“Everyone who wants to try for a natural birth, stand over here,” she said. “And everyone who plans on having an epidural or taking other pain medication, stand over here.”

I looked at the two groups, which held about the same number of people. My head went from one to the other, much like a puppet with a tic. Like most decisions in my life (including which dressing I want on my salad), I had analyzed the hell out of this one -- done all the research on both sides -- and still couldn’t commit.
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Grief and Loss

Using Social Media to Deal with Personal Tragedy

From May-September 2016, I battled cancer. The cancer had formed from prior radiation therapy for a previous bout of breast cancer in 2012. The 2016 cancer was called angiosarcoma. Treatment for this angiosarcoma was drastic surgery to cut the cancer out of my right breast. Luckily, I would not need chemo or more radiation.

One of the ways I endured the stress and the strain of the cancer was to use Facebook to communicate my...
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Revising the Negative Narratives We Tell About Ourselves

All of us hold stories about ourselves. Maybe you’re unwittingly telling yourself that in order to be lovable, you must always say yes to others and avoid upsetting them. At all cost. Maybe you’re telling yourself that you’re terrible at romantic relationships.

Maybe you’re telling yourself that you can’t switch careers, or succeed with having ADHD. Maybe you’re telling yourself that you don’t deserve kindness. Maybe you’re telling yourself that you can’t tolerate painful emotions. Maybe you’re telling yourself that you’re not creative or smart or qualified. Maybe you’re telling yourself that in order to be respected you must never show weakness or make mistakes.
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Children and Teens

ER Beds for Kids Lacking, But School Programs Can Help

Everyone who is a front line clinician in an emergency room (ER) knows the hard reality of the lack of psychiatric services available. Discharging someone from an ER into inpatient mental health treatment is virtually nonexistent for adults. For kids, the situation is usually far worse.

The good news is that if we focus more on preventative care in school -- helping kids and preschoolers long before they have a full-blown diagnosis -- we may be able to stop them from ever having to use an emergency room. All we need do is start making mental health a funding priority for both the states and the federal government.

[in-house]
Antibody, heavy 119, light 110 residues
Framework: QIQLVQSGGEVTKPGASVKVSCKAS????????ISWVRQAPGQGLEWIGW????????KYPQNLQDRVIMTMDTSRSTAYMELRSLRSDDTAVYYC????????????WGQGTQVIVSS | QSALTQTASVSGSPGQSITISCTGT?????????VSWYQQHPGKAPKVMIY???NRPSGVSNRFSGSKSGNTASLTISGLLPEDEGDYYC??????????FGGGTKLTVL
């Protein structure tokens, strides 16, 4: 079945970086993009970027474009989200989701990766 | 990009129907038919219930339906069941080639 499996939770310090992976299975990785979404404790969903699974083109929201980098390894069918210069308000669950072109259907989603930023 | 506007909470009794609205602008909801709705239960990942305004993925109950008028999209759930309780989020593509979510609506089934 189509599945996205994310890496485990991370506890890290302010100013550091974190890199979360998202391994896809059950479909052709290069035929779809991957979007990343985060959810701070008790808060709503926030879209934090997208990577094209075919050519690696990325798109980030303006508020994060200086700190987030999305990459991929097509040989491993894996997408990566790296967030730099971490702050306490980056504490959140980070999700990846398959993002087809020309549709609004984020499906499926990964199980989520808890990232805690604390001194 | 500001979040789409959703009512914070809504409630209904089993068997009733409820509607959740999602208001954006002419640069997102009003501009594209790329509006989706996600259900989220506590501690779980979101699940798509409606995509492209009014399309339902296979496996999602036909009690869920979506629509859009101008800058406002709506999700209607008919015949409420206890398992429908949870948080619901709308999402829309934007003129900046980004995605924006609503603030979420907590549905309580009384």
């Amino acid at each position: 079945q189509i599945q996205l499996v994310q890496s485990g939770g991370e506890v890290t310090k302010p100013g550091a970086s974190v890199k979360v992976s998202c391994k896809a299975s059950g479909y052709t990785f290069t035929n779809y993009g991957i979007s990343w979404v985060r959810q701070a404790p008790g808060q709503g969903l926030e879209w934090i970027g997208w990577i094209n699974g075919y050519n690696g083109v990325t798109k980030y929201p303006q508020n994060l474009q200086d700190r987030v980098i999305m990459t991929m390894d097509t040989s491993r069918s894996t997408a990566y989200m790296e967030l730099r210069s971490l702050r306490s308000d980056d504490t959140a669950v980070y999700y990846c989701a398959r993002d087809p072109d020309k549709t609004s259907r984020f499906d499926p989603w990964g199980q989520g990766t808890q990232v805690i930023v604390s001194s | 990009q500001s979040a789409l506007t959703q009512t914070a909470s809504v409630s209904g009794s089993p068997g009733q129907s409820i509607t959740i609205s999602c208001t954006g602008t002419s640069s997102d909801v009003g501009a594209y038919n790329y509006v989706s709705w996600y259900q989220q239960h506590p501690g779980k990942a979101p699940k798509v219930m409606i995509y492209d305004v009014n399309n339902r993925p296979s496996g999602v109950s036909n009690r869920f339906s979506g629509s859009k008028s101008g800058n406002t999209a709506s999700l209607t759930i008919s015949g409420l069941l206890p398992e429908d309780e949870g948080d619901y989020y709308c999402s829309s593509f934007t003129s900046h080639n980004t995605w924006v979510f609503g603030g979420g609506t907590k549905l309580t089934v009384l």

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Anxiety and Panic

When Anxious Thoughts Just Won’t Quit

Maybe you can’t stop worrying about work. You’re convinced that you are an impostor, and everyone at the office knows it, too.

You’re bound to get fired. Maybe you fear that your partner will abandon you, because you know you’re not enough. Maybe you fear for your family’s safety after your neighbors were killed in a car crash. Maybe you’re worried about your own health after experiencing certain symptoms.

Maybe your thoughts involve a different anxiety. Either way, you carry them wherever you go. They are stubborn. They are persistent.
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Connecting to Your Core Self

We often come across the term “core self” in magazines or online. Maybe we hear it in conversation. Maybe we hear statements like it’s important to connect to your core self. It’s important to develop a deep understanding of it. Doing so is vital for building a fulfilling, meaningful life.

But what is a “core self”? What does it really mean?

According to psychotherapist Rachel Eddins, M.Ed., LPC-S, “core self is your true self, or most authentic self.” It is our “inner wisdom, inner nurturer, wise self, feeling self, inner voice…” It is our values and personality, she said.
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6 Questions that Can Strengthen Your Inner Will

When 39-year-old Uzeyer Novruzov fell off his 18-foot ladder during the semi-finals of America’s Got Talent, my heart stopped. The balancing stunt once landed him in a coma for three days, but that apparently has not stopped the circus performer from attempting it over and over again.

The first thing he said when he rose to his feet was, “If you give me another 90 seconds, I can do it.”

“What the...?!?” I yelled to my husband and son as we watched Uzeyer beg the judges for more time.

Inner will -- THAT is what it looks like.